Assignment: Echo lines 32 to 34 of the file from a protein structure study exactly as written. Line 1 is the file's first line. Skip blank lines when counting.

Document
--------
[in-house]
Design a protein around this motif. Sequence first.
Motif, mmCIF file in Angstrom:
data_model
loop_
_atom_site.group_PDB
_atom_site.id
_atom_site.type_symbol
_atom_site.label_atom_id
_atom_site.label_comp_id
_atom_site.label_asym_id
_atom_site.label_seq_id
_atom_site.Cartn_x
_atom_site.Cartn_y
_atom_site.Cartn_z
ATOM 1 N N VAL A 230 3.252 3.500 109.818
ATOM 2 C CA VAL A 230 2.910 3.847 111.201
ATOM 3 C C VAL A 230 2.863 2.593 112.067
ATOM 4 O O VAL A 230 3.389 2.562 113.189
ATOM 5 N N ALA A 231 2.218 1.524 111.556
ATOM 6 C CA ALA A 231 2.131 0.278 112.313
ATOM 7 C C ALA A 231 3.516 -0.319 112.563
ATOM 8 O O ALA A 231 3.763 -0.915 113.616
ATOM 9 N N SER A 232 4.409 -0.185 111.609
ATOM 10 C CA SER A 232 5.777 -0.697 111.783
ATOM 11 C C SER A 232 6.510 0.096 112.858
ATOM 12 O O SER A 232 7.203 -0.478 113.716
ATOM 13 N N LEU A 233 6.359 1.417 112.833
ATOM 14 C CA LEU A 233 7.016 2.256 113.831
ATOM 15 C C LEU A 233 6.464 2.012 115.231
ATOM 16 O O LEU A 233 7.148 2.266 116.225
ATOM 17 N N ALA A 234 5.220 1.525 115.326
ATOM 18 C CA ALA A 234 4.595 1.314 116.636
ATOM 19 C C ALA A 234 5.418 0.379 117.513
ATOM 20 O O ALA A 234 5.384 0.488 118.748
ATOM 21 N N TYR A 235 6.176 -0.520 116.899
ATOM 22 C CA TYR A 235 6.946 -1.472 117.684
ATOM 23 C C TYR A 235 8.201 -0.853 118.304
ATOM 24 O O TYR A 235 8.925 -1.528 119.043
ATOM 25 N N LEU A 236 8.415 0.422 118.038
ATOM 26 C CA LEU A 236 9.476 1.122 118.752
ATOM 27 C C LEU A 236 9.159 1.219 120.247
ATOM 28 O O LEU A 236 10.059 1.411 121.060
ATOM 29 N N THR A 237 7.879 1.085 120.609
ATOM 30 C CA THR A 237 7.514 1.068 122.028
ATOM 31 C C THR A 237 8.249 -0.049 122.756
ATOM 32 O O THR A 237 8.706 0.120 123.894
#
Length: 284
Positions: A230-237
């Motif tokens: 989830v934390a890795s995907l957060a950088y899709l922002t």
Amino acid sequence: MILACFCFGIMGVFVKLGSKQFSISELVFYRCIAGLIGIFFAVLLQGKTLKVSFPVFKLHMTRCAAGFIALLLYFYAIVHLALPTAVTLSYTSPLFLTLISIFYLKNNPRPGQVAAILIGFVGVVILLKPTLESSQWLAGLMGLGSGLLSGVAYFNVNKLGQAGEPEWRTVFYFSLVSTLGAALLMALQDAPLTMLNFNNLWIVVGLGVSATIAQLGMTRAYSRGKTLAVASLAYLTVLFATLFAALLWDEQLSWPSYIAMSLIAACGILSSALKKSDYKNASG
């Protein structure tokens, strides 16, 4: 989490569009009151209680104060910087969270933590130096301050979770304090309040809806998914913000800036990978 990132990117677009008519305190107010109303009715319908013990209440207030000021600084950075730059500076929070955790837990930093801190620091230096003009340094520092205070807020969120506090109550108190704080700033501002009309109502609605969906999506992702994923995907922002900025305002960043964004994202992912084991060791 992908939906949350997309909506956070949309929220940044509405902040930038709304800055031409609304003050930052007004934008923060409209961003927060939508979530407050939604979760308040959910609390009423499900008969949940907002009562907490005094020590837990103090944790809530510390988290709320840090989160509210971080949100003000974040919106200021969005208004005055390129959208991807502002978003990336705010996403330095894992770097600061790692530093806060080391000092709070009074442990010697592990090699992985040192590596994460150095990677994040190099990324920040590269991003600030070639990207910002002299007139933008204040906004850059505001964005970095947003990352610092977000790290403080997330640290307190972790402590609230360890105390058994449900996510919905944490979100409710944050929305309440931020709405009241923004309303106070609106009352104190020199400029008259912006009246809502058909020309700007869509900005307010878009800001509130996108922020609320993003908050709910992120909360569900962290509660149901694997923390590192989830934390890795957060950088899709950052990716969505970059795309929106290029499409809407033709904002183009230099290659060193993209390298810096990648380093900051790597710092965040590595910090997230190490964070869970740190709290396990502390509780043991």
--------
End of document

ATOM 17 N N ALA A 234 5.220 1.525 115.326
ATOM 18 C CA ALA A 234 4.595 1.314 116.636
ATOM 19 C C ALA A 234 5.418 0.379 117.513